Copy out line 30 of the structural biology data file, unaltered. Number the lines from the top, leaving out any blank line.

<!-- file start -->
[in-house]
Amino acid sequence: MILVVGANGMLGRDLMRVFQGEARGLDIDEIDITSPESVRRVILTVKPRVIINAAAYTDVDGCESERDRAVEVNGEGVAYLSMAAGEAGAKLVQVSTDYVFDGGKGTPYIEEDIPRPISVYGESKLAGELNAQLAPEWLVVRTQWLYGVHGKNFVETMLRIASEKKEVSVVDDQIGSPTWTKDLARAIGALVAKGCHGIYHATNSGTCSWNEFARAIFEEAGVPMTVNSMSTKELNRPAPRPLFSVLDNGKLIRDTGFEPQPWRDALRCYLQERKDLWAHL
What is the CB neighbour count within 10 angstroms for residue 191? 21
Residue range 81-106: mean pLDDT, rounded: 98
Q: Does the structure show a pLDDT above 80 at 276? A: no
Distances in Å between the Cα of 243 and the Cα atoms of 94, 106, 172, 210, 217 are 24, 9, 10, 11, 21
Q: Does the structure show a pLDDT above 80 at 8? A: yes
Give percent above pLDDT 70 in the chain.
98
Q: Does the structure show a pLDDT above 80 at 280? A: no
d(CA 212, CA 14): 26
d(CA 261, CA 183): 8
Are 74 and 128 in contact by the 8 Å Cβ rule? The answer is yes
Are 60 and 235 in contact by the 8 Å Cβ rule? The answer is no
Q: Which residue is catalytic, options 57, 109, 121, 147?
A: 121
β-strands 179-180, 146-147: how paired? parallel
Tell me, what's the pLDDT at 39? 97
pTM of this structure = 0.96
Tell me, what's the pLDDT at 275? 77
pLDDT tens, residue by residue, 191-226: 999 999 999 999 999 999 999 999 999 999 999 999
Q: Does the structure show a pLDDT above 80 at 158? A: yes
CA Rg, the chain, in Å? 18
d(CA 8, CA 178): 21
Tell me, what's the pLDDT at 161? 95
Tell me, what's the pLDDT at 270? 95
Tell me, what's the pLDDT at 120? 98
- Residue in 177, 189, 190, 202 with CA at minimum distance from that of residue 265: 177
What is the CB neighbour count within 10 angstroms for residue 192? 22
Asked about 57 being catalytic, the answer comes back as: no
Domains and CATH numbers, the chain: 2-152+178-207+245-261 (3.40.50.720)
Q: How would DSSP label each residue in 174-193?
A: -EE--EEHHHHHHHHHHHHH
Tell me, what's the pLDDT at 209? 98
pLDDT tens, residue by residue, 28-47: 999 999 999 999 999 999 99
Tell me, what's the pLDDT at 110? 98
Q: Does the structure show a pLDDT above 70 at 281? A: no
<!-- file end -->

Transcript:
Asked about 57 being catalytic, the answer comes back as: no